Halo 4 Review
The Halo franchise is undoubtedly one of the biggest gaming franchises in history. Without it, every game classified as a first person shooter would not have been the same. Released in 2001, Halo: Combat Evolved changed first person shooters on consoles, just like Goldeneye the generation before, and it was not slowing down. Now in 2012, Halo has finally returned to its full former glory. How does the first entry in the upcoming Halo Reclaimer Trilogy stand up, especially now that a new studio is heading the franchise? Better than ever.
First, the game feels amazing to play, better than any other Halo. Unlike the previous FPS entries in the series, Halo 4 makes you actually feel that you are a super solider worthy of legend, both while playing as John, the Master Chief in the Campaign mode, or as your very own Spartan IV in the multiplier. This is helped by the brilliant new sound design in the weapons, making fake weapons sound incredibly real, even the Covenant and Forerunner ones. The graphics are also top notch, and I have yet to think of any better looking games on the Xbox 360.
The Single Player campaign also earns a mention as the best Halo campaign since Halo 2. The gameplay is top notch, and the few scenes in the beginning that use quicktime events and on rail cutscenes are quickly replaced by solid gameplay. Some of the animations are overused, especially the button push animation, and while initially immersible, becomes overly repetitive. The story was fantastic, but in the end was not the epic story it was hyped up to be. Some parts of the story get weird, and some parts of the story are not touched up upon at all, unless you go to the extended universe, such as the books. Why was Requiem important? Why are you fighting the Covenant again? None of these major plot points are even mentioned in the game, and take away from the still great story. It felt like this was much more of a game for the cult following than those who have been following the games for years.
The Infinity section of the game is the multiplayer suite. This includes War Games, which is the new unified term for matchmaking and custom games, as well as Spartan Ops as well as Forge and Theater modes. The local and online multiplayer is phenomenal, and better than any of its predecessors The matchmaking works fast, and you are placed into a game in under a minute. The multiplayer action feels fantastic, just like the campaign, and the all new custom loadouts and armor abilities are much more balanced than I anticipated. Spartan Ops is a great replacement for Firefight, which was fantastic in ODST, but failed in Reach. It gives you 5 story based co-operative missions each week, for the first ten weeks after the launch. This totals to about fifty missions by February of 2013, and adds much value to the game. Theatre mode remains unchanged, and acts just as it did in the last three entries that contained it.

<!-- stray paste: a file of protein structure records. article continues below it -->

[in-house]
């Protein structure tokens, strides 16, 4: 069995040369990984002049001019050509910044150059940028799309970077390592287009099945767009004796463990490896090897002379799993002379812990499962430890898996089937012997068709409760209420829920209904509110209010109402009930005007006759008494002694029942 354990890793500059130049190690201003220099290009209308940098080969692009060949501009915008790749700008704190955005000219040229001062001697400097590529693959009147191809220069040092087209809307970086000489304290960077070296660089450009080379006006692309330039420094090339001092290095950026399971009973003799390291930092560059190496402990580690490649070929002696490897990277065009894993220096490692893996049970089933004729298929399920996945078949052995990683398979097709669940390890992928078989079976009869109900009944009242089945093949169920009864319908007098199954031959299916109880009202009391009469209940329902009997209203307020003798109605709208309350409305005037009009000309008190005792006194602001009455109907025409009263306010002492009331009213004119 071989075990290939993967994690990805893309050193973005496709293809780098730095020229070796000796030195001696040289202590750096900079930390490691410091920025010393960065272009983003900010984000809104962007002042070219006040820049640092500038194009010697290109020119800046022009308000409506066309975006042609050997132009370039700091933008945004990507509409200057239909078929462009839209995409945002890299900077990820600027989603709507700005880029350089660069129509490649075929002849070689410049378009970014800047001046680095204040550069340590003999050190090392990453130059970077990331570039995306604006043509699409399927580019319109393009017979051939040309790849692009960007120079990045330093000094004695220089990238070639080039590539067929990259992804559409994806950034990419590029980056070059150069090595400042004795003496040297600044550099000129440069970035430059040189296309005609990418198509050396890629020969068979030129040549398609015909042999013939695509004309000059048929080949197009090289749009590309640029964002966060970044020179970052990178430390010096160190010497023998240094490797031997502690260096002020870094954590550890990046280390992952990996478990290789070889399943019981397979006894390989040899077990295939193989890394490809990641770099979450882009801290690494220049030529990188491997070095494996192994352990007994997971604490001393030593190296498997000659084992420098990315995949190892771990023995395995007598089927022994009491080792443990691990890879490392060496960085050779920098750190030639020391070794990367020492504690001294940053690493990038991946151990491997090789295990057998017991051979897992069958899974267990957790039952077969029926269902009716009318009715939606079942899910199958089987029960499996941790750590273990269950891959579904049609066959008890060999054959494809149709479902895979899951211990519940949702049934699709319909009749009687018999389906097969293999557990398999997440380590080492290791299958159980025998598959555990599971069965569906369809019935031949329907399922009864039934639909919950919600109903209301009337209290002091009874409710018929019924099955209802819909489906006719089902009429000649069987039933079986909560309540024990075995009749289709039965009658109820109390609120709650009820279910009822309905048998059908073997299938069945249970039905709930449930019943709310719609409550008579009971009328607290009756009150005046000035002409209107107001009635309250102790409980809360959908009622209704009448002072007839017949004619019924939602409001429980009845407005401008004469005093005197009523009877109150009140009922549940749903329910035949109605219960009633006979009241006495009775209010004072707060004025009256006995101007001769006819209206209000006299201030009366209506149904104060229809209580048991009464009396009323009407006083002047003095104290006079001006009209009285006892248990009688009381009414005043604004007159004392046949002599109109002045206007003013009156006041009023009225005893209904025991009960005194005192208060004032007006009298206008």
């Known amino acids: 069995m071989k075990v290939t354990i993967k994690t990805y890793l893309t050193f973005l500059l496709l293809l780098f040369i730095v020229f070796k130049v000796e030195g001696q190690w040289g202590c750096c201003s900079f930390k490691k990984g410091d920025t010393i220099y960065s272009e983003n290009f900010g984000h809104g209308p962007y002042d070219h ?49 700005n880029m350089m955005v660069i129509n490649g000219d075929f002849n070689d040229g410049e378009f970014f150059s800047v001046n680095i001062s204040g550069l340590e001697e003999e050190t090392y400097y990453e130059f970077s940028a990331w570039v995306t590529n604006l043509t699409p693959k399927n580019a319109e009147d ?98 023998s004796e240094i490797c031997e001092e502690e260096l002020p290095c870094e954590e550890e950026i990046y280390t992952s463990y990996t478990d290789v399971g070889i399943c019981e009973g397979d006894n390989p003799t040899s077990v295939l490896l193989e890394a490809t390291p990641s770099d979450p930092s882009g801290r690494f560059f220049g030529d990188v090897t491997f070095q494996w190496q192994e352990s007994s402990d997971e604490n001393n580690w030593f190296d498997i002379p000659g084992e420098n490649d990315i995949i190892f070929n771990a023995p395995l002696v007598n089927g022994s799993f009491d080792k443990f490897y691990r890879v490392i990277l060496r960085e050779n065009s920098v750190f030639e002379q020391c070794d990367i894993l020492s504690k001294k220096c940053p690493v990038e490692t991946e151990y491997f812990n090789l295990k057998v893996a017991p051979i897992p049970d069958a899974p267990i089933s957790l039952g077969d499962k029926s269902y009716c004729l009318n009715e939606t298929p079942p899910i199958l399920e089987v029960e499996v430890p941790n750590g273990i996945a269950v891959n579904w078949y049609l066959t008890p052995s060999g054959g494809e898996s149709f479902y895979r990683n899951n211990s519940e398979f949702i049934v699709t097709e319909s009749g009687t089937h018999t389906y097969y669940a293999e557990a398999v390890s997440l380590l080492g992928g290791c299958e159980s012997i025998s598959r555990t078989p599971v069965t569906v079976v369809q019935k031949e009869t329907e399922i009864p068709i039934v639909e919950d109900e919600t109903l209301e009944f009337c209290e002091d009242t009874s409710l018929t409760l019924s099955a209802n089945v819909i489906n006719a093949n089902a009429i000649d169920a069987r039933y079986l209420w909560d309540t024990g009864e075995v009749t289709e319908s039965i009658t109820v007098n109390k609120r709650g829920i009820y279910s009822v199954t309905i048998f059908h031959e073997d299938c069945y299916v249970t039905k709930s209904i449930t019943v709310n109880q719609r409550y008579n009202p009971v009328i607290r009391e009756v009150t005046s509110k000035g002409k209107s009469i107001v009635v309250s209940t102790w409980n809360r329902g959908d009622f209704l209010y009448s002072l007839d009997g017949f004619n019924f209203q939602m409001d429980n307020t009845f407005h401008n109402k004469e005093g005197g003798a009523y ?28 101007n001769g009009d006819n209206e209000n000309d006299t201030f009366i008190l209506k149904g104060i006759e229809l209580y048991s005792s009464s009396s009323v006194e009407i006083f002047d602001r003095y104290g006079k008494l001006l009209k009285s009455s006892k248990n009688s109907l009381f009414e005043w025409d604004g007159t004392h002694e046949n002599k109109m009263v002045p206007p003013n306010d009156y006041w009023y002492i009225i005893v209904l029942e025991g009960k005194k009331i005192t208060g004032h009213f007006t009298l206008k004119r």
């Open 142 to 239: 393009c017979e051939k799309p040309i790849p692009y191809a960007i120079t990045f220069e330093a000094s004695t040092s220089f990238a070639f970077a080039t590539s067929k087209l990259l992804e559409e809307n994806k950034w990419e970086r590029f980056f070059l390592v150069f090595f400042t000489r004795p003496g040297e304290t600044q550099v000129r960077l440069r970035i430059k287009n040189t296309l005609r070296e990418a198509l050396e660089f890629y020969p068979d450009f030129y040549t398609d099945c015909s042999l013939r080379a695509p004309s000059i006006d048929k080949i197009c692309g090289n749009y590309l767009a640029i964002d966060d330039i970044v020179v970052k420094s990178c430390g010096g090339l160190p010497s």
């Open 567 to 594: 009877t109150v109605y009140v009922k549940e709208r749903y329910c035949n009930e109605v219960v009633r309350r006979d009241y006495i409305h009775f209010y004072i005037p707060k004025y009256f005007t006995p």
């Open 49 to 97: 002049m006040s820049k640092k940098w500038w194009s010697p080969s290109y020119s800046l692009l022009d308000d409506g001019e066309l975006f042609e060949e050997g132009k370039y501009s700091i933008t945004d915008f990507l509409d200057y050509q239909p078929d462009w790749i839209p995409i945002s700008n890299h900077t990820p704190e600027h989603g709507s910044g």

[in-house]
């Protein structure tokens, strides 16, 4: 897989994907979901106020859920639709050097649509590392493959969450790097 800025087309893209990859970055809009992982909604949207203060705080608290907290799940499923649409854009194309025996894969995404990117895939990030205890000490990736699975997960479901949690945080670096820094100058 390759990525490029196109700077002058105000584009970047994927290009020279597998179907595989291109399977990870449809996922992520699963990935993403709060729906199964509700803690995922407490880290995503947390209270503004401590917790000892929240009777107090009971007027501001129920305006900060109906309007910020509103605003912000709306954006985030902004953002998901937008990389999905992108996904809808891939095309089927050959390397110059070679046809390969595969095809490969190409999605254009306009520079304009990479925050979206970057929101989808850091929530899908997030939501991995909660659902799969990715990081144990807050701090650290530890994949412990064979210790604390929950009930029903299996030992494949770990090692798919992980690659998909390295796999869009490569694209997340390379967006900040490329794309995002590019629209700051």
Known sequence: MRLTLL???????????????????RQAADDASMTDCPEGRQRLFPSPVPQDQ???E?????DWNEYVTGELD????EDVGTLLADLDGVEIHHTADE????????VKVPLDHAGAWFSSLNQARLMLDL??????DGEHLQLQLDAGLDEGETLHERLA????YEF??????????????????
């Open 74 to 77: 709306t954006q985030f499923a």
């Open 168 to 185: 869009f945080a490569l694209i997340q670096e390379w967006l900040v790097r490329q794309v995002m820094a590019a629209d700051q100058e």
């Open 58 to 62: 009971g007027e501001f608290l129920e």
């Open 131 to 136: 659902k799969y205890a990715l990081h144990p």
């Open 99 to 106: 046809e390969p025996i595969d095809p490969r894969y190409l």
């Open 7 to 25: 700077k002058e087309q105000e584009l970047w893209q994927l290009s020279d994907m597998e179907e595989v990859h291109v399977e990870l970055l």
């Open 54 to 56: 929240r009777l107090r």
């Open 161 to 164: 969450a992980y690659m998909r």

The downside to the Infinity suite, sadly lies in Forge. This mode is a big downgrade from Halo: Reach, due to unnecessary interruptions, and very small maps compared to the magnificent Forge World of Halo Reach. Multiplayer forge has also gotten a massive downgrade when playing with friends, as every time you switch from editor mode to player mode when structures have spawned, it causes everyone’s games to temporarily pause and render, local, or online. While Halo 3′s forge was not designed for map creation, it still had two forge maps as DLC, both of them being different from each other. Halo: Reach has one large map, Forge World, and although the DLC map Tempest did have functionality, it was barley used. Halo 4 has three different forge maps. This means that if you download a forge map variant, you dont just click “Forge World” to go to your forge maps, you have to remember if the variant you downloaded was one of Impact, Ravine, or Erosion. If that does not sound confusing enough, the entire space for Ravine, the map most comparative to Forge World in design, is about 1/20th of Forge World’s size. The only good side is that there are a few tools that improve creation, such as object duplication, magnets, and player trait volumes that modify traits in a specific area.
Is Halo 4 a perfect game? No. However, it does have the best campaign, online and local multiplayer suites, as well as more overall content than any other game for Xbox 360. If the creator community does migrate over to Halo 4, you have an incredible amount of content that will last you years.